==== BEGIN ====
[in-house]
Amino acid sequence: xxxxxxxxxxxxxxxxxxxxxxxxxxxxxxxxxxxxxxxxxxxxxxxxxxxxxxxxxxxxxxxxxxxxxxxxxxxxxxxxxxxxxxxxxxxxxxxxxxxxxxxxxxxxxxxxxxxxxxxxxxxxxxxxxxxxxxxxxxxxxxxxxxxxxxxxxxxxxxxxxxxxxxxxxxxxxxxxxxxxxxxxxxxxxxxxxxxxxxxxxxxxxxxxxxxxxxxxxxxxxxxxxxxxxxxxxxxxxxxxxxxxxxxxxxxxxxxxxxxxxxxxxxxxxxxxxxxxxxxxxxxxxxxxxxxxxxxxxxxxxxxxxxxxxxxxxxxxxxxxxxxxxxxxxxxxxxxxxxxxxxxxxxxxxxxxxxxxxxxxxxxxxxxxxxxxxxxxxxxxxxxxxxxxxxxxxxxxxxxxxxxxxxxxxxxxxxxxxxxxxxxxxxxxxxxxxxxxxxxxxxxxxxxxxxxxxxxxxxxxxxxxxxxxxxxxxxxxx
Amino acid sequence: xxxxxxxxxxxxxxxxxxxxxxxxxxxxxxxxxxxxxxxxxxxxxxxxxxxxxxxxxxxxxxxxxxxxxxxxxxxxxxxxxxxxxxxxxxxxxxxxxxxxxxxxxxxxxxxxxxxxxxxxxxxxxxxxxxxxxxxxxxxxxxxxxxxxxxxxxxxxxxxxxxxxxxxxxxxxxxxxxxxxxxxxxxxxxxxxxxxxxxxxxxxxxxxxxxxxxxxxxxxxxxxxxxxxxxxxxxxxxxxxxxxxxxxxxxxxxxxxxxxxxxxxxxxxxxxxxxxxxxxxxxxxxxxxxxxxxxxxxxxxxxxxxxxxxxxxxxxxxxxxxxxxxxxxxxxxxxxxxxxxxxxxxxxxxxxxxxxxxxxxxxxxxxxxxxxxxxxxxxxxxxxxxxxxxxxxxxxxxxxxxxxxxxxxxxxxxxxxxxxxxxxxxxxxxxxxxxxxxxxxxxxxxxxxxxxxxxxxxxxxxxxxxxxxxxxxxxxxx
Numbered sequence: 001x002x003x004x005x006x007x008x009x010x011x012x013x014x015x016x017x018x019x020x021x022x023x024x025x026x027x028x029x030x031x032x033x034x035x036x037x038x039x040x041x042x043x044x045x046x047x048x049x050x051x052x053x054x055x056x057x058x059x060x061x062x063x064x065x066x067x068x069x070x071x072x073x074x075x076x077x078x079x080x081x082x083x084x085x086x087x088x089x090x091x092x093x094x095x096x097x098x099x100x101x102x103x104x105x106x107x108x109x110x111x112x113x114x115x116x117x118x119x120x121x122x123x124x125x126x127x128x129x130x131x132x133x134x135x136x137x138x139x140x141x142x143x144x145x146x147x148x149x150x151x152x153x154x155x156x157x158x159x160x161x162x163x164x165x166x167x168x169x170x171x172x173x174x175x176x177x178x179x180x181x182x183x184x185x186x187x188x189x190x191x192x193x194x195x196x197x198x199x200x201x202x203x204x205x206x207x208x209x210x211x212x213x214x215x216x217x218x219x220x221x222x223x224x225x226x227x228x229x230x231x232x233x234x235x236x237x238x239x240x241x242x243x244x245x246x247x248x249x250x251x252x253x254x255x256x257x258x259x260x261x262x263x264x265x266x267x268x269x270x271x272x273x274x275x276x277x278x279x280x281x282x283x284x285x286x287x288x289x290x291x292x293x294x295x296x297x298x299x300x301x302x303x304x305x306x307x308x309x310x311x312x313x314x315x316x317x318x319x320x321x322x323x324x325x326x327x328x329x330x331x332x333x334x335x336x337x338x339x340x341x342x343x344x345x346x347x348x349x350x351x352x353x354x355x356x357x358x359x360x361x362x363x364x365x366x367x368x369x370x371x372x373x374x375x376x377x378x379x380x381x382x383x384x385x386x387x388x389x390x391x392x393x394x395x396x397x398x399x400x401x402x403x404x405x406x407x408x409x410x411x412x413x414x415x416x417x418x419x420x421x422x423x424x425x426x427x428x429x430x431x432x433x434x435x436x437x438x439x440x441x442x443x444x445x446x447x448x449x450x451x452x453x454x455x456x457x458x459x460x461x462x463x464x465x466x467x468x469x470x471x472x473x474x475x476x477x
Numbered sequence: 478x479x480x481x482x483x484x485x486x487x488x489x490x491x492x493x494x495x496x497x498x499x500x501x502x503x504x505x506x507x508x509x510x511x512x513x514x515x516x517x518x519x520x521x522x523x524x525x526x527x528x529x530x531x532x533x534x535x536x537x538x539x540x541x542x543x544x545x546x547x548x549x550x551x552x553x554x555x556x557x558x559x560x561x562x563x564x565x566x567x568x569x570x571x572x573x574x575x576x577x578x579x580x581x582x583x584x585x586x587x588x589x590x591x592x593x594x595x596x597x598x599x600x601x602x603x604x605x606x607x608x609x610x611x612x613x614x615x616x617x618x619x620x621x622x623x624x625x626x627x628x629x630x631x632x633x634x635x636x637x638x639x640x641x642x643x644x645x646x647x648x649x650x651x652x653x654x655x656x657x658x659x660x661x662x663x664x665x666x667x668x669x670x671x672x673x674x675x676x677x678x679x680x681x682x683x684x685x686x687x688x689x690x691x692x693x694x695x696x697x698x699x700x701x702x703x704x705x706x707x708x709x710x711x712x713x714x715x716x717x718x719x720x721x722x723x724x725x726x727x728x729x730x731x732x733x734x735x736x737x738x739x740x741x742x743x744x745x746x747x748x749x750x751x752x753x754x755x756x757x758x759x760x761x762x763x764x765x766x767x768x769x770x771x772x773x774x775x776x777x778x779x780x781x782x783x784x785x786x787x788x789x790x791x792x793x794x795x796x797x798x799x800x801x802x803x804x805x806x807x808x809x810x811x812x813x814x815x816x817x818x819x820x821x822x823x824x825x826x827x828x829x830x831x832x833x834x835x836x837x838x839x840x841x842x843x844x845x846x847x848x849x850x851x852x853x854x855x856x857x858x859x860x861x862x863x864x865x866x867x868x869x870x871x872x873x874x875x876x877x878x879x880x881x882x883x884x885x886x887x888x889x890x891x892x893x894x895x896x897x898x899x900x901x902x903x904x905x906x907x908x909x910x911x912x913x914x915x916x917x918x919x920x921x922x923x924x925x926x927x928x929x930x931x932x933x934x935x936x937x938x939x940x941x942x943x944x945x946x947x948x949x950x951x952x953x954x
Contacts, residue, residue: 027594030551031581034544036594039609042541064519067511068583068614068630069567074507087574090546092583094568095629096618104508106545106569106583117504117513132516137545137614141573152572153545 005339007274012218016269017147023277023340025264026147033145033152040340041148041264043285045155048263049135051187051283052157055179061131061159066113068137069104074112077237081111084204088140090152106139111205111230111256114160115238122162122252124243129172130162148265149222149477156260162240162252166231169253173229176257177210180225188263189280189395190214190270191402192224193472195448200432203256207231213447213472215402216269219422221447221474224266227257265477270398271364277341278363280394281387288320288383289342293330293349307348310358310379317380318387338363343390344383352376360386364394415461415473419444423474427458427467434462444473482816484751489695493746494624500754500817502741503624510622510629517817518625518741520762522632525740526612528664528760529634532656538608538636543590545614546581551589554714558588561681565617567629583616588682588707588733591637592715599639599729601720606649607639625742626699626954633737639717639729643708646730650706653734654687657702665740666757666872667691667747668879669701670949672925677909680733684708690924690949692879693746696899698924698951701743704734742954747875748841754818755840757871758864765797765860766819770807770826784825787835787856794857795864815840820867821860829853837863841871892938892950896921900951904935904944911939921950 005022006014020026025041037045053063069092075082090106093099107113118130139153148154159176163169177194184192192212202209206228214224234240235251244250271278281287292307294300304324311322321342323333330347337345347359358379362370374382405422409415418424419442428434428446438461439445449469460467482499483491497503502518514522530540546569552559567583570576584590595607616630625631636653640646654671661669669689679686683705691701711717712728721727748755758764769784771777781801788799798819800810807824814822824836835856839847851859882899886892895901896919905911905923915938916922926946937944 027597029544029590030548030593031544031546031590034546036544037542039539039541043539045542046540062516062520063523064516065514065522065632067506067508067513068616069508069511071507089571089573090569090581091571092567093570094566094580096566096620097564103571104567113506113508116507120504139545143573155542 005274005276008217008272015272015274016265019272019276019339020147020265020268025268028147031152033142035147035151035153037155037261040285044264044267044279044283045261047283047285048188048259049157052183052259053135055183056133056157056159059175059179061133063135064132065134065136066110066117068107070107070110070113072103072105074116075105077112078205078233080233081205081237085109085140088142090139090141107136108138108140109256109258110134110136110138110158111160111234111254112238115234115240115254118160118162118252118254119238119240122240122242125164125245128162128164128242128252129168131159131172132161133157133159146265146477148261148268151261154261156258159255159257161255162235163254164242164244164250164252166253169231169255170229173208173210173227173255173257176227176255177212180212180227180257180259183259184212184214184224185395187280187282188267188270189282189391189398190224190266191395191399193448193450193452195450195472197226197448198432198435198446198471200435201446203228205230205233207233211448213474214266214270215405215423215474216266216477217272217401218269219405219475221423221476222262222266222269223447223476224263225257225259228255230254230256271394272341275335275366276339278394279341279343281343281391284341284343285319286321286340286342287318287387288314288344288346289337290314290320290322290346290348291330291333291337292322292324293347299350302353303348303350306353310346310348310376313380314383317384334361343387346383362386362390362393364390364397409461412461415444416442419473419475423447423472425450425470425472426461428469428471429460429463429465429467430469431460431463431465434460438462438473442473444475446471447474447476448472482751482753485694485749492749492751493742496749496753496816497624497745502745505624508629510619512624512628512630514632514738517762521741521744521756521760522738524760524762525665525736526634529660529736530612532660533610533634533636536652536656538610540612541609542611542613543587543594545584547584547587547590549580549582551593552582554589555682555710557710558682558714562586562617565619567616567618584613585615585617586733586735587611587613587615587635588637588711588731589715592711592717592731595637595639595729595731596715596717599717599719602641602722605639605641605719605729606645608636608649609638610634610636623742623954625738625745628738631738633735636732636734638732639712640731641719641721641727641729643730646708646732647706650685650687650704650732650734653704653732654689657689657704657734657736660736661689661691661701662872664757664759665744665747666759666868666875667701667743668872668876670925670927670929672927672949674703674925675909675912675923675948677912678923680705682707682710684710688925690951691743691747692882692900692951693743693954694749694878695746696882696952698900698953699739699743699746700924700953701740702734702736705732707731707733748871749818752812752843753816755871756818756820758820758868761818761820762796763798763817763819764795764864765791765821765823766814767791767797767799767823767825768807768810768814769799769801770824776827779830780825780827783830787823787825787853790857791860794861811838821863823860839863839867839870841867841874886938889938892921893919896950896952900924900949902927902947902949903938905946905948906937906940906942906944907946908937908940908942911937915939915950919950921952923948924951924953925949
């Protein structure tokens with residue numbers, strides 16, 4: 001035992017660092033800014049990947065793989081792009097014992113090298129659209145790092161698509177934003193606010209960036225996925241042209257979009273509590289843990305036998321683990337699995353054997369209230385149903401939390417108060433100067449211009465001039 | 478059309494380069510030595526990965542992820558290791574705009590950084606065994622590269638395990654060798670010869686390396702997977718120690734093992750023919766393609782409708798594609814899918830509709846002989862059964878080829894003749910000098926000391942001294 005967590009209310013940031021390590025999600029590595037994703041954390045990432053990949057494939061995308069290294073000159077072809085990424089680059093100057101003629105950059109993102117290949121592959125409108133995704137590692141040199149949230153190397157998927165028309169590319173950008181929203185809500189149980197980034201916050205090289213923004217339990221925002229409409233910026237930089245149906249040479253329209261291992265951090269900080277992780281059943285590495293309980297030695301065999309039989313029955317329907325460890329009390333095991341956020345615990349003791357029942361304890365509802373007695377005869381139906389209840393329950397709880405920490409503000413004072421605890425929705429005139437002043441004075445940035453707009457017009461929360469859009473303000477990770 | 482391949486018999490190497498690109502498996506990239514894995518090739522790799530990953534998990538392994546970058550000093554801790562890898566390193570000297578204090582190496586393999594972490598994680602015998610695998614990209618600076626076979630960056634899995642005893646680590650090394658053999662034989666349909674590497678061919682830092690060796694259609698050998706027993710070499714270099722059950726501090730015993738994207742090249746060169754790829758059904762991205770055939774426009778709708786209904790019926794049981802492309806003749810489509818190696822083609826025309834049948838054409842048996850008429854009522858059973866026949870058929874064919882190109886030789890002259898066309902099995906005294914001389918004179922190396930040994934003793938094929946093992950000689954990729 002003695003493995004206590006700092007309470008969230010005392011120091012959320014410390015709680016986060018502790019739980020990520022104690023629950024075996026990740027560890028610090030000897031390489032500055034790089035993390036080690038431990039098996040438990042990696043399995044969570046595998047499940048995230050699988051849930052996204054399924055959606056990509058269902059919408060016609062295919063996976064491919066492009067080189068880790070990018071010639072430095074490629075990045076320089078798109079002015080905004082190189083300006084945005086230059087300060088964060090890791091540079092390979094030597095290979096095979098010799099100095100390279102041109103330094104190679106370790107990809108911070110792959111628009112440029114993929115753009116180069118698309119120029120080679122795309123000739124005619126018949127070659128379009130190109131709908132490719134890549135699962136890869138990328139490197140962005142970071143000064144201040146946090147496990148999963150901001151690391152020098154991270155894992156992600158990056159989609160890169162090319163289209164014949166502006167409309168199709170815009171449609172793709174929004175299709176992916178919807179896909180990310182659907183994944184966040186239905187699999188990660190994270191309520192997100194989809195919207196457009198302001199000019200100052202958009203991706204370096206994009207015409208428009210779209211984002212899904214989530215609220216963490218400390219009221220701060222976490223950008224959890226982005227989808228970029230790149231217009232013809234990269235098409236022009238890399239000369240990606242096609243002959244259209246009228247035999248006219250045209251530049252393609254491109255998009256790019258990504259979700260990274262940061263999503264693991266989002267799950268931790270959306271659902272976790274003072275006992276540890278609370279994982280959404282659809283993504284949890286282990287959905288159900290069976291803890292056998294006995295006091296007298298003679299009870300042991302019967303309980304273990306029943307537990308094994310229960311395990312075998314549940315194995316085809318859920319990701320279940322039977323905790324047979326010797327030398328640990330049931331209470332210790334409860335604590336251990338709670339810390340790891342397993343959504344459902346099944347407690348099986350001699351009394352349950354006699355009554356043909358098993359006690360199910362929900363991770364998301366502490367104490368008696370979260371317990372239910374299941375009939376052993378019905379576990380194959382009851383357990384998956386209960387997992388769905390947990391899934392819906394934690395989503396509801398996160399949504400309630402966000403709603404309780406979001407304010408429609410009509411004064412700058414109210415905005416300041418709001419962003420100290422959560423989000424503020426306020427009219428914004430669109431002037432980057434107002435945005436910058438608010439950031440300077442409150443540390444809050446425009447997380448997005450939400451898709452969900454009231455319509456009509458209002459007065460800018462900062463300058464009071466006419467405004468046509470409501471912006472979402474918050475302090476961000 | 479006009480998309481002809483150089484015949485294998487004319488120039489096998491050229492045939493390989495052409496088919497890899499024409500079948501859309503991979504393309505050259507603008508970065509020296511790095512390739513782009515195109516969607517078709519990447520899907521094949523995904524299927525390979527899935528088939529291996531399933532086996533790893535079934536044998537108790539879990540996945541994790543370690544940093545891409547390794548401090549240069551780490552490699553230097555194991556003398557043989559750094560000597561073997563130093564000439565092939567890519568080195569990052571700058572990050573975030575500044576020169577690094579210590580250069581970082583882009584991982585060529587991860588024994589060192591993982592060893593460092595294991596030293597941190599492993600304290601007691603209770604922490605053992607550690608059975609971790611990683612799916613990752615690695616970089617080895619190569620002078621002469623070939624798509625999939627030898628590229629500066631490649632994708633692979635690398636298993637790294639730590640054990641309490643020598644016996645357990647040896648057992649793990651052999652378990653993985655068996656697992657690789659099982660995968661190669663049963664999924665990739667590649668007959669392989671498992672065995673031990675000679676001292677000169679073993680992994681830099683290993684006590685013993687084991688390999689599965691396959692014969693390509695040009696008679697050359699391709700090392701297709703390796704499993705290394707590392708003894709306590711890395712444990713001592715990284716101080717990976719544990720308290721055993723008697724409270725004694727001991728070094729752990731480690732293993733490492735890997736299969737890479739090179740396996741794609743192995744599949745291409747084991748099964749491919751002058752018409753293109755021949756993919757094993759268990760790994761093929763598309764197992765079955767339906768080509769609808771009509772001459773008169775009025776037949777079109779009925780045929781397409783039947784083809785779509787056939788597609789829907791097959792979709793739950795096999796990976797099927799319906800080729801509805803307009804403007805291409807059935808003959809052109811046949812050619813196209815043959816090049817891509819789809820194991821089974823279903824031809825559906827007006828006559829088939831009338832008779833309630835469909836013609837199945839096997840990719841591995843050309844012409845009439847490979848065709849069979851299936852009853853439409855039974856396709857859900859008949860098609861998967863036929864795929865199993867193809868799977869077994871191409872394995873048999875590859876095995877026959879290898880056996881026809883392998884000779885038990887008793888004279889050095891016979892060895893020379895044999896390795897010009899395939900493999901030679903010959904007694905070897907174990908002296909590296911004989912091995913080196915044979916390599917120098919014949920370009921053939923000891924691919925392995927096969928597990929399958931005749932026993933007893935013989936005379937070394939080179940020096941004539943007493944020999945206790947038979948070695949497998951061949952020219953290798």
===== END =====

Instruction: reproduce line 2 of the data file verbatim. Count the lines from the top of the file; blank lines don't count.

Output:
Amino acid sequence: xxxxxxxxxxxxxxxxxxxxxxxxxxxxxxxxxxxxxxxxxxxxxxxxxxxxxxxxxxxxxxxxxxxxxxxxxxxxxxxxxxxxxxxxxxxxxxxxxxxxxxxxxxxxxxxxxxxxxxxxxxxxxxxxxxxxxxxxxxxxxxxxxxxxxxxxxxxxxxxxxxxxxxxxxxxxxxxxxxxxxxxxxxxxxxxxxxxxxxxxxxxxxxxxxxxxxxxxxxxxxxxxxxxxxxxxxxxxxxxxxxxxxxxxxxxxxxxxxxxxxxxxxxxxxxxxxxxxxxxxxxxxxxxxxxxxxxxxxxxxxxxxxxxxxxxxxxxxxxxxxxxxxxxxxxxxxxxxxxxxxxxxxxxxxxxxxxxxxxxxxxxxxxxxxxxxxxxxxxxxxxxxxxxxxxxxxxxxxxxxxxxxxxxxxxxxxxxxxxxxxxxxxxxxxxxxxxxxxxxxxxxxxxxxxxxxxxxxxxxxxxxxxxxxxxxxxxxxx